Thursday, May 28, 2015

The Right to Forgive

I've come across a number of scandals recently where the rhetoric of forgiveness has been used to shelter people who are manipulative or abusive. In most cases, this seems to be driven by a very understandable desire on the part of Christians to put into practice the teaching that mercy will be shown to the merciful. The problem is that in the process victims are often sidelined, silenced or even chastised for being “unforgiving.” This represents an abuse of the virtue of forgiveness, and it's based on a misunderstanding of what forgiveness means

In many of these incidents there's a tendency to mistake exculpation for forgiveness and to minimize the evil that has been done. Sometimes we do have to forgive people for wrongs that they commit by accident or through ignorance. For example, when the Roman soldiers are pounding nails into Christ's hands, He says “Forgive them Father, for they know not what they do.” This only applies, however, when there is genuine ignorance or lack of culpability. Making excuses for people who do know what they're doing is not forgiveness. True forgiveness demands that we acknowledge the full gravity of the evil done so that restorative justice can be appropriately applied, and so that the sin can be forgiven in full.

Some Christians will also tend to dismiss or discredit anyone who is visibly angry. Anger is not wrath, nor is it sinful. Christ Himself got angry when He overturned the tables of the moneychangers in the Temple. Anger is the natural emotional response to a privation of justice. When a person gets hurt as a result of another person's wrong-doing, it's healthy and appropriate for them to be angry in proportion to the magnitude of the offense. Wrath is inordinate anger which desires vengeance in excess of justice, or which deliberately prolongs and revels in feelings of outrage or victimhood after the natural healing process has had time to take its course. Different people will heal at different rates, and it's a severe lapse of charity to judge someone for failing to “get over it” quickly enough.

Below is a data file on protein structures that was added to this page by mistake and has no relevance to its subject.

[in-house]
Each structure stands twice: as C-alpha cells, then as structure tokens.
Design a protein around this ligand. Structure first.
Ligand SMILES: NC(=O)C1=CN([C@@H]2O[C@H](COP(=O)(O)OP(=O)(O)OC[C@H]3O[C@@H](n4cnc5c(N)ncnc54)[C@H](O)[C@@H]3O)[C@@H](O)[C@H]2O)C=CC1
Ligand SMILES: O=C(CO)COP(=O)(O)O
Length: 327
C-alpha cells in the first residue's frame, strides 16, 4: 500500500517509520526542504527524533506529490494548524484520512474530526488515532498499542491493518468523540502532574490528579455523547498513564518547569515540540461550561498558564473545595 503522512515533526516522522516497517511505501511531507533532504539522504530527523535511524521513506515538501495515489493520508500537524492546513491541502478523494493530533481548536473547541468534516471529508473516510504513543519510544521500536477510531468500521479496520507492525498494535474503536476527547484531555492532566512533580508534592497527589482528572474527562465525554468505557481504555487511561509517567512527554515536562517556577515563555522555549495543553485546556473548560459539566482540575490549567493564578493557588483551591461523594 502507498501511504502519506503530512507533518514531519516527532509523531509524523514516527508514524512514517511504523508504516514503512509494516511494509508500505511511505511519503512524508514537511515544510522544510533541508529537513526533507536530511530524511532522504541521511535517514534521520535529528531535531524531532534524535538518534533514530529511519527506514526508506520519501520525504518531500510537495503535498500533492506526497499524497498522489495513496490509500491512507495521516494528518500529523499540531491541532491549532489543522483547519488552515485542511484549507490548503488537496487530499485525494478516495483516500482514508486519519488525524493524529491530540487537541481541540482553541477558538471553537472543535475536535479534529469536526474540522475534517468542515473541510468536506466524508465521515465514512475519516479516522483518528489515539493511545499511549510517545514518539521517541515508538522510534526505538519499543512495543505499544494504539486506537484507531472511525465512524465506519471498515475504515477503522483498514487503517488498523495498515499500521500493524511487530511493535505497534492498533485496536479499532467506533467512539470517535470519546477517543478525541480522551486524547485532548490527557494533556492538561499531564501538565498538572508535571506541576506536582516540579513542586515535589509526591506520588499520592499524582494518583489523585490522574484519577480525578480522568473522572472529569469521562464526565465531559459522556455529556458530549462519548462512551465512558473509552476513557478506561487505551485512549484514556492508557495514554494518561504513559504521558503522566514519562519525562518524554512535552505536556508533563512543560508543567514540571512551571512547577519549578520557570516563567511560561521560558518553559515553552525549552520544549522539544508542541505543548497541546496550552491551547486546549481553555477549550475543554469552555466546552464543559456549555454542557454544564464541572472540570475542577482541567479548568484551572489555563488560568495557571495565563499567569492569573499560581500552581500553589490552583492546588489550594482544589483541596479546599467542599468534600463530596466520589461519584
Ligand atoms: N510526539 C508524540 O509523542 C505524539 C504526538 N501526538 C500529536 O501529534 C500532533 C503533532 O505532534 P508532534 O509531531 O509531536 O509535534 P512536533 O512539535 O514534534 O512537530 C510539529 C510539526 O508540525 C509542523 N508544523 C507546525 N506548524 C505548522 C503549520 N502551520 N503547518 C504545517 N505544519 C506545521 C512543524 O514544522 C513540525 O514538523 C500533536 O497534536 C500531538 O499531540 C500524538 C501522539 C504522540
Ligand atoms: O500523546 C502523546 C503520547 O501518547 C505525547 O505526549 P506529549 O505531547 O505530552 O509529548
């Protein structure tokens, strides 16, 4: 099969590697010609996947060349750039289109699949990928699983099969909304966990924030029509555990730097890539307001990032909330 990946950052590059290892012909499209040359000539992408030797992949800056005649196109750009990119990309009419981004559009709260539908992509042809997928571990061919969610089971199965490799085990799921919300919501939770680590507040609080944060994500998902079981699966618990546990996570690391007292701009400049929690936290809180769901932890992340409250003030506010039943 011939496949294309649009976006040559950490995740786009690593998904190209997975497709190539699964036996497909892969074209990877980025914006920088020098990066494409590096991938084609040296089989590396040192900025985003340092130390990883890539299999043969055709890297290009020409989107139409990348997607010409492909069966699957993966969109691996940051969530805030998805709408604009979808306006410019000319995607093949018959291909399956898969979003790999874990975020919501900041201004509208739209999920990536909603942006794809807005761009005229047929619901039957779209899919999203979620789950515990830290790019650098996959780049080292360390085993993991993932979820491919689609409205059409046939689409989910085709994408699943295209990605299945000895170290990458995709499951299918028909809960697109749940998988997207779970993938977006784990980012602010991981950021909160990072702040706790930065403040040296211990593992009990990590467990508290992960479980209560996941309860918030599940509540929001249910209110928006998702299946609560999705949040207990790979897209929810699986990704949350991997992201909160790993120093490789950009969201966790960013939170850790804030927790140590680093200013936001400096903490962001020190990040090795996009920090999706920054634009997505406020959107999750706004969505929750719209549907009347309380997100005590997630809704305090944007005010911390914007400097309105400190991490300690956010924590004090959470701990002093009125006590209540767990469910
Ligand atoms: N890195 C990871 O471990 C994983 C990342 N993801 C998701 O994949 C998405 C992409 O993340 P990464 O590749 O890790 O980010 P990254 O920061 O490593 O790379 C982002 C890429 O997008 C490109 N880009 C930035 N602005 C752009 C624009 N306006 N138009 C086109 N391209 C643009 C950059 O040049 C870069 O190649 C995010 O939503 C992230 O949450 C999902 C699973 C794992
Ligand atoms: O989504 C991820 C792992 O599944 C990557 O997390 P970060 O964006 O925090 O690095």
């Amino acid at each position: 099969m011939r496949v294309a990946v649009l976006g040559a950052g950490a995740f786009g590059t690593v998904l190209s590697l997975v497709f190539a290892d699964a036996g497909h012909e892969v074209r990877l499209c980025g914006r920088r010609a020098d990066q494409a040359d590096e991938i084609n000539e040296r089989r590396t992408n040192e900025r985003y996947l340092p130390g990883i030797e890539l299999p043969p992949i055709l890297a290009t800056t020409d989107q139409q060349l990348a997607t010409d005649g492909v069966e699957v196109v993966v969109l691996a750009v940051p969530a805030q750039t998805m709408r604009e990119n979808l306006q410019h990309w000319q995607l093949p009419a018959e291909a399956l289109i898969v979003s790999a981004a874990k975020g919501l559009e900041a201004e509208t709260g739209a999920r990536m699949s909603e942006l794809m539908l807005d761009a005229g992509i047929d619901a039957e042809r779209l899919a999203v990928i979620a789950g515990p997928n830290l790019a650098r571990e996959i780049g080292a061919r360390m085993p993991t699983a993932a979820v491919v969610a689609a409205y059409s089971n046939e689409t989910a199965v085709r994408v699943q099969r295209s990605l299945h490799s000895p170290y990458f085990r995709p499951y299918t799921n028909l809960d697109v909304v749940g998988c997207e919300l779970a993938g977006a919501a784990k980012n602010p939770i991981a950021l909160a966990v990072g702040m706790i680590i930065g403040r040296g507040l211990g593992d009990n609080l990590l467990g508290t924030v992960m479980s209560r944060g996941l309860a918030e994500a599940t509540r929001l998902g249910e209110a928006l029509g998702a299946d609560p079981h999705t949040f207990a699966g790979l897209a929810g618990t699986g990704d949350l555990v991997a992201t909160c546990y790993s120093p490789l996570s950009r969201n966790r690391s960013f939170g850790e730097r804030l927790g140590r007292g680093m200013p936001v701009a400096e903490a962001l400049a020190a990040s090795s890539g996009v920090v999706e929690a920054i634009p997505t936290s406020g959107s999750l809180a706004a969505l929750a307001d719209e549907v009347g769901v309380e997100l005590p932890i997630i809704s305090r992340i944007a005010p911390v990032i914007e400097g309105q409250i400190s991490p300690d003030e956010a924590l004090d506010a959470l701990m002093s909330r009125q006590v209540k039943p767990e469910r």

I've also encountered several cases where people were told by church authorities to “just forgive” their abusers – where “just forgive” meant “don't talk about it.” This is victim-silencing and has nothing to do with forgiveness. Scripture presents us with a fairly straight-forward rubric: first, you approach the person who has wronged you in private. If they apologize and agree to make amends, then you quietly settle the matter. If, however, they refuse, you start getting other people involved and continue to escalate the situation until there has been adequate redress. In cases where there is a serious risk that failing to speak up will leave others vulnerable to abuse, it is not merely okay to involve outside authorities, it's an obligation in charity.

Ultimately, the right to forgive resides primarily with the victim. When a person is abused, and others in their community say, “Well, we've forgiven your abuser – why don't you?” it's just self-serving nonsense. Forgiveness is not a matter of nursing pleasant feelings towards folks who haven't actually hurt you directly. I can forgive Stalin for whatever small amount of grief and suffering has indirectly worked its way onto my plate as a result of his atrocities, but my forgiveness is so categorically different from Alexander Solzenitsyn's that it would be the worst kind of self-important puffed-up frumpery to make a comparison. The people of the New Testament understood this, and it's why they were so scandalized when Jesus offered forgiveness to strangers. He could only possibly have that right if He was the person who had been wronged, and the only way He could be that person was if He were God. Now, Jesus was God so He could do this. We're not. We can pray that a person will be forgiven, but we can't forgive them on behalf of other people – much less behave like this kind of superficial forgiveness makes us morally superior to those who were actually wronged.

Mercy is an essential virtue, but it must be offered not only to sinners but also to those who are sinned against. The alternative is a caricature of forgiveness which undermines justice, revictimizes the wounded, and allows manipulative people to use the rhetoric of contrition as a means of avoiding the consequences of their actions.

1 comment:

  1. Thank you so much for this. As a survivor of clergy sexual abuse and clergywoman who has ministered to many others I have seen the spiritually abusive pushing of forgiveness without justice or safety far too often. It is unloving to the perpetrator whom Christ would have us humbly and courageously call to conversion as well as to the past and future victims.


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